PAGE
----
Often I am asked what I think are the key elements in making a marriage last. There are of course many answers that I give, depending on who is asking. One quality that I always recommend to have in spades is good listening skills. In many floundering relationships, that often seems to be one of the key elements that is missing. In these circumstances, I frequently suggest the talking stick technique. The talking stick is used in many Native American traditions when a council is called. It allows all council members to present their point of view as the talking stick is passed from person to person, and only the person holding the stick is actually allowed to talk. Everyone else has to listen carefully to what the person with the stick is saying and cannot interrupt. Only when they are given the stick can they speak. In this way, Native American children are taught to listen from age three and also are taught to respect other people's perspectives, even if they don't agree with them.
If you ever talk over each other, if your discussions have a tendency to turn into arguments or if you feel you are not being heard, then the talking stick is an excellent way to communicate and can save enormous amounts of time, energy and heartache within your relationship.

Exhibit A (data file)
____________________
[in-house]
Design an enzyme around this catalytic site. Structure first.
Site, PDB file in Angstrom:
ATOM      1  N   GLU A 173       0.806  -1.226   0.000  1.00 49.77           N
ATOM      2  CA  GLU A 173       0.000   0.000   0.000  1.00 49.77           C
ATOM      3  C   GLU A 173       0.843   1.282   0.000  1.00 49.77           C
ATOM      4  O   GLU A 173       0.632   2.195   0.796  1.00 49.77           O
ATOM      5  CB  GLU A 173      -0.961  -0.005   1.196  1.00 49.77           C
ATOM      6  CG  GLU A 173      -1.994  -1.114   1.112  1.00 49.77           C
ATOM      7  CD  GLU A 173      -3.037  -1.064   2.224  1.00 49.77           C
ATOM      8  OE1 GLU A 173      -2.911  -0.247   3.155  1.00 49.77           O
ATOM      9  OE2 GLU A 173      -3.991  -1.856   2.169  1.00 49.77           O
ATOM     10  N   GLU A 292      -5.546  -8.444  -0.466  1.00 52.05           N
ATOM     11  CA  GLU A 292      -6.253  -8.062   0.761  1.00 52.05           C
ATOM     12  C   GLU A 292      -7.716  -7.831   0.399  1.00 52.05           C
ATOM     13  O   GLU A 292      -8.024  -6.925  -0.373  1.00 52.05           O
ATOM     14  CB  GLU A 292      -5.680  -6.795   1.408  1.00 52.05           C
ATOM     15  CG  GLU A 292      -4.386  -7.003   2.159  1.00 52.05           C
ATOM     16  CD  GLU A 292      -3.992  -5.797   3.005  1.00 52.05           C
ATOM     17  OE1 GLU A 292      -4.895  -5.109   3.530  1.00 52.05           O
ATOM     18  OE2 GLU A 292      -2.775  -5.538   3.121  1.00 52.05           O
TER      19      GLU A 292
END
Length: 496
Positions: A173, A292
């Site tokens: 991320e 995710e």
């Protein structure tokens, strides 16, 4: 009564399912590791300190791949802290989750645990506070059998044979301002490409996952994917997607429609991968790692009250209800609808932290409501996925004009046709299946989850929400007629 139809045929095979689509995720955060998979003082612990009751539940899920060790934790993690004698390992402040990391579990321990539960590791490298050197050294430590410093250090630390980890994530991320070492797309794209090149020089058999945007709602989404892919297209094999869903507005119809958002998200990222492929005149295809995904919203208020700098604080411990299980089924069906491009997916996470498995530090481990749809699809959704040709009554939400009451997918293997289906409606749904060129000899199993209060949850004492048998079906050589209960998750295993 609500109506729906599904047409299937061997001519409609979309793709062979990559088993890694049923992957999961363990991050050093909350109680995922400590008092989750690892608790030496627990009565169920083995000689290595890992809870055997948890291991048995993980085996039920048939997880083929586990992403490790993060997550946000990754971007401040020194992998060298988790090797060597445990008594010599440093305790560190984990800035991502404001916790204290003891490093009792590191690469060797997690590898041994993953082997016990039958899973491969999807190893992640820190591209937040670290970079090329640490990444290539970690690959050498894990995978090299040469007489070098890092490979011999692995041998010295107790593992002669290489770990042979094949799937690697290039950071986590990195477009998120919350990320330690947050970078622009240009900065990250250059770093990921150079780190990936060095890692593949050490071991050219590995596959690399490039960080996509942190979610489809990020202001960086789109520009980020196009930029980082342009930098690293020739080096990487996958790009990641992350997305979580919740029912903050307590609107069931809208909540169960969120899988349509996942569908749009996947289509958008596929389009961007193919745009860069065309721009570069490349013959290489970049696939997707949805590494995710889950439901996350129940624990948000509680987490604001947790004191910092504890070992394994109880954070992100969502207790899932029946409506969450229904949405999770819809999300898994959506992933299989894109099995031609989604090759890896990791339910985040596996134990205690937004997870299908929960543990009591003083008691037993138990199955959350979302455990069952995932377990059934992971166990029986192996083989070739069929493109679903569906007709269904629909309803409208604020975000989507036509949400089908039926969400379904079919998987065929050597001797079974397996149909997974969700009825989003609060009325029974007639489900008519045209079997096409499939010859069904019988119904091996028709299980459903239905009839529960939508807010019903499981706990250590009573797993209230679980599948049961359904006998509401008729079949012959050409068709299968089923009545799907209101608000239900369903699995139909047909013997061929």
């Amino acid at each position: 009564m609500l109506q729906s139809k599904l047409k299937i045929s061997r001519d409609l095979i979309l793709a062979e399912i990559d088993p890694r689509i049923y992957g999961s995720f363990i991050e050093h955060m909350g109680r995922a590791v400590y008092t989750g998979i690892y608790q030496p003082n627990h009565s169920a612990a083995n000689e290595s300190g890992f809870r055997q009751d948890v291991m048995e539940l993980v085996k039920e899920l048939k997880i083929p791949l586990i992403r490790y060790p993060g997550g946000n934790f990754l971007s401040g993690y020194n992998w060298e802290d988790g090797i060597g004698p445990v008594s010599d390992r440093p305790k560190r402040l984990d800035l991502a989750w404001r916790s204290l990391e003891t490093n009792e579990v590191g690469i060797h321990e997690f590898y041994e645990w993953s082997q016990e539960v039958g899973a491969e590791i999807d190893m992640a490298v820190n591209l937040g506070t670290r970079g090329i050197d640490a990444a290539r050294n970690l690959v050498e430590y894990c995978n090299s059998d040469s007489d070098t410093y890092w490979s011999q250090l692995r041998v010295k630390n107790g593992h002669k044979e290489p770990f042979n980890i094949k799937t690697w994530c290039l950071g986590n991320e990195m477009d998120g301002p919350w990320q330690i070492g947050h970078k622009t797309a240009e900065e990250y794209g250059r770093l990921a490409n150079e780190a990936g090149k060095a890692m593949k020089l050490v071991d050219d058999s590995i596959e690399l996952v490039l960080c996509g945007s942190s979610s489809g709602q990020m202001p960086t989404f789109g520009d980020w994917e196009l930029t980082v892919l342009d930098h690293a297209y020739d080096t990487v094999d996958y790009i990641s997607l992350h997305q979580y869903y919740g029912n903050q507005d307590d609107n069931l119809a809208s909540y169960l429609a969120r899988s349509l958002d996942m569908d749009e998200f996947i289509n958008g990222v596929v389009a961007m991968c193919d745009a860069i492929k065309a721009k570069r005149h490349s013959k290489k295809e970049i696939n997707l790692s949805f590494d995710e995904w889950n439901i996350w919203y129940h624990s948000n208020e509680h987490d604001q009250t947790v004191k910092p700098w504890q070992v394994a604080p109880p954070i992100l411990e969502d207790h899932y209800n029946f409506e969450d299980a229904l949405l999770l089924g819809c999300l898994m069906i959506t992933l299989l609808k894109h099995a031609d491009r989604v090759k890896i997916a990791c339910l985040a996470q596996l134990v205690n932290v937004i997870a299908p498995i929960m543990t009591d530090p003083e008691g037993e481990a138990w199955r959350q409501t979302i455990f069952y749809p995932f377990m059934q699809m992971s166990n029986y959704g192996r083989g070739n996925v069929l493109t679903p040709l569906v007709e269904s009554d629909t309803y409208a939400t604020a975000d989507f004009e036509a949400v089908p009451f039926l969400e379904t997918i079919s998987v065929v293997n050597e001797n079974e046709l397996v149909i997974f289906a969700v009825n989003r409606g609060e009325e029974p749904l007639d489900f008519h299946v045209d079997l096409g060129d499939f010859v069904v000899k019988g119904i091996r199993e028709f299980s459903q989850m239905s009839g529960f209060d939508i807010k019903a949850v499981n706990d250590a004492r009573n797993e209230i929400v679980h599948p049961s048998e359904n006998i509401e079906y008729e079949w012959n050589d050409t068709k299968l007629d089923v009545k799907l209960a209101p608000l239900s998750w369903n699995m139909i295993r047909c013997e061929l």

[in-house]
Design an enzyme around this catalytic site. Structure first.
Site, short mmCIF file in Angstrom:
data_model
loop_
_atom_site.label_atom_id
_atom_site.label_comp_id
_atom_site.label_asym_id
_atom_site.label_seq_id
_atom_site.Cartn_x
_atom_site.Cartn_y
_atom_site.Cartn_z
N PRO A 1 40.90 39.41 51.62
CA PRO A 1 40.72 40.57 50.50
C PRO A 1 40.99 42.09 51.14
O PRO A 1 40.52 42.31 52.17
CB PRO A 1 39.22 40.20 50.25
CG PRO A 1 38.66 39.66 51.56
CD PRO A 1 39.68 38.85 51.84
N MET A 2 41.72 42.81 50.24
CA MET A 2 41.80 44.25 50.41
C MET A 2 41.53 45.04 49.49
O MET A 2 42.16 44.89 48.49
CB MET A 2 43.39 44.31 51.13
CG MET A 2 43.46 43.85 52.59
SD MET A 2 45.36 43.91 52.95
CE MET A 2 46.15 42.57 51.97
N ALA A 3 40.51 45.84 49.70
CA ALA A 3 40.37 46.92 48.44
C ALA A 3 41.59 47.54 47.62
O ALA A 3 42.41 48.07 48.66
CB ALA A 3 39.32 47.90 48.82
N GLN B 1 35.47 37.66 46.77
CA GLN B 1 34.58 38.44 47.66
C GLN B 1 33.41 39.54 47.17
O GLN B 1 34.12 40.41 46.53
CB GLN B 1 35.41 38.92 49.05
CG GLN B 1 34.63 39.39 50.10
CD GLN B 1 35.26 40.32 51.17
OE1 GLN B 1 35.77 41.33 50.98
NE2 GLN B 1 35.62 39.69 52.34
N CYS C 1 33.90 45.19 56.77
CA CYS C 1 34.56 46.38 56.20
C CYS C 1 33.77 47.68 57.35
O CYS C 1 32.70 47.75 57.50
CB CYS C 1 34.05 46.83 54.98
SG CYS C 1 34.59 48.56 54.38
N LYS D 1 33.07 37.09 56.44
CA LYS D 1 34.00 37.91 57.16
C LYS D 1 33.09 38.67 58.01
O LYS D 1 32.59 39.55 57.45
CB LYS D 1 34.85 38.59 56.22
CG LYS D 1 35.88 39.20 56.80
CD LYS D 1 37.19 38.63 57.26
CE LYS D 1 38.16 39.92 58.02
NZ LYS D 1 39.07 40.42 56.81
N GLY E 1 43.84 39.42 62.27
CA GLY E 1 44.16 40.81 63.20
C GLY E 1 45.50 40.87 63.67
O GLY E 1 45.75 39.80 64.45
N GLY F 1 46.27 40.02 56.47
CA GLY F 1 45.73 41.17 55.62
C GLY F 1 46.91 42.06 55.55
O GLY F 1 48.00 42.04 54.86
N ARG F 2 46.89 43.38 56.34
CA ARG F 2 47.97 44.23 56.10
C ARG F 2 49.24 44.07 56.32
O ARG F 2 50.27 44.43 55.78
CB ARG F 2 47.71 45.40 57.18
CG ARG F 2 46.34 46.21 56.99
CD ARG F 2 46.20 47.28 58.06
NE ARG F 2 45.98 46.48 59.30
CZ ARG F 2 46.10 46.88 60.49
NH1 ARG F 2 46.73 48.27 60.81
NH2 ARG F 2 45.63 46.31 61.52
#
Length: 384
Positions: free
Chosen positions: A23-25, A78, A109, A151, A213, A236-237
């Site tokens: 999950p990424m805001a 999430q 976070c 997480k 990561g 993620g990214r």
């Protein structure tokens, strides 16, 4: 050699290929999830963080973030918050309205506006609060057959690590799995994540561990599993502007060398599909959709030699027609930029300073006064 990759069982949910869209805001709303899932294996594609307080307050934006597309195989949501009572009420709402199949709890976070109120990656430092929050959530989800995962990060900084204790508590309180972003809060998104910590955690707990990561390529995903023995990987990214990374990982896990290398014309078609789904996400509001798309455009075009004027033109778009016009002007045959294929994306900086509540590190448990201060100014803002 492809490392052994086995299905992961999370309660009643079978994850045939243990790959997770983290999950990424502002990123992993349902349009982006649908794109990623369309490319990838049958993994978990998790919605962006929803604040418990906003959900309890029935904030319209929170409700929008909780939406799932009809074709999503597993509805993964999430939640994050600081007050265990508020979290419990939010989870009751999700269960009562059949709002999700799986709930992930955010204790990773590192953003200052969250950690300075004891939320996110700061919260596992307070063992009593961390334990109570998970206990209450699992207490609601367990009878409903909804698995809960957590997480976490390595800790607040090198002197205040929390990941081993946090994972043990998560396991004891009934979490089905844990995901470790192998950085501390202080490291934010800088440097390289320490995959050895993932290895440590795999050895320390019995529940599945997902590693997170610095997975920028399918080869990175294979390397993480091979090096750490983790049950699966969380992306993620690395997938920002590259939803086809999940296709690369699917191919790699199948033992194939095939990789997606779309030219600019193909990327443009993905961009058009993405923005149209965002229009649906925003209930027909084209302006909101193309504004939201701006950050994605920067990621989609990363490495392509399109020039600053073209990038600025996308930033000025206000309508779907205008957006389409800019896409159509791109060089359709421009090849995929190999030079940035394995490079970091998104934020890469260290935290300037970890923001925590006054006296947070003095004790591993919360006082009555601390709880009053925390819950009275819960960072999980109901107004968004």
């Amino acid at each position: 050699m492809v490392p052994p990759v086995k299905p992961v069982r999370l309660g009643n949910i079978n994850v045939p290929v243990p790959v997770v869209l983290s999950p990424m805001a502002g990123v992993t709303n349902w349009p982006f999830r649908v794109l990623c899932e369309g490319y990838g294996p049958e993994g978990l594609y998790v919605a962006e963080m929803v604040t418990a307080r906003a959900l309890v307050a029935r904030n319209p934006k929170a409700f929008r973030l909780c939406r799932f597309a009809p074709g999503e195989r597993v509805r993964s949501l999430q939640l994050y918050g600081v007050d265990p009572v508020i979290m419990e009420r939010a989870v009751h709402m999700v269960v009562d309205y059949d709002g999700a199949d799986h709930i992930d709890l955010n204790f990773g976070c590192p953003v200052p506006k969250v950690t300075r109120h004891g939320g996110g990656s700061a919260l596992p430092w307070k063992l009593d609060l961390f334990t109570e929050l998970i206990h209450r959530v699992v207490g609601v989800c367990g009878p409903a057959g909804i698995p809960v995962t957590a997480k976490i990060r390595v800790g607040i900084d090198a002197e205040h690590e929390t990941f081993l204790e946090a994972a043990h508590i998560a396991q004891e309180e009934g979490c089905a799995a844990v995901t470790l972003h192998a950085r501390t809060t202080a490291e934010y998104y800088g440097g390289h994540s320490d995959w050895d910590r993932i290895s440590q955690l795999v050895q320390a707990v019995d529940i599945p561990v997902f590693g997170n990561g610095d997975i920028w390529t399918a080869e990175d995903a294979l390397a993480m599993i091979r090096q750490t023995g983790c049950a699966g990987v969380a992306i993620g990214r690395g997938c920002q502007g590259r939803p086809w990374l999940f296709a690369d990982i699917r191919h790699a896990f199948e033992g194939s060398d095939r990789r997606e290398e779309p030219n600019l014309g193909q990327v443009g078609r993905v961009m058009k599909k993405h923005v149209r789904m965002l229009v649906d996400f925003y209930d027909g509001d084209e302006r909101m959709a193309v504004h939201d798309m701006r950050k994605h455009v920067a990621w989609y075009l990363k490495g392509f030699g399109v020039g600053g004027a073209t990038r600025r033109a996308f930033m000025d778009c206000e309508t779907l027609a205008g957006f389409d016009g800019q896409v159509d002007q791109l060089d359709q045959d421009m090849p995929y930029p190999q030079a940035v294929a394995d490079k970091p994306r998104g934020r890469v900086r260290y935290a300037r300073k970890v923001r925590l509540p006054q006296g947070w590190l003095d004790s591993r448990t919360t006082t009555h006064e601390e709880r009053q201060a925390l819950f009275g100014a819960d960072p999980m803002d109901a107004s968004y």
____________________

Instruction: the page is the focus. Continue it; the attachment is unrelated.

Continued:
Here's how to do it: Find a sacred object that can act as your talking stick. Whoever is holding the stick speaks, and the other person has to listen carefully. When the person with the stick is finished (The speaker decides when that is), she gives the stick to the person who has been patiently listening. This person then has the opportunity to speak uninterrupted. Again when the speaker decides that he has finished, he hands the stick back to the first person. The stick goes back and forth until you have each spoken and listened in turn.
If you have problems listening -- then use the talking stick method, as it enables you both to be heard. This method can save a lot of marriages, including yours!
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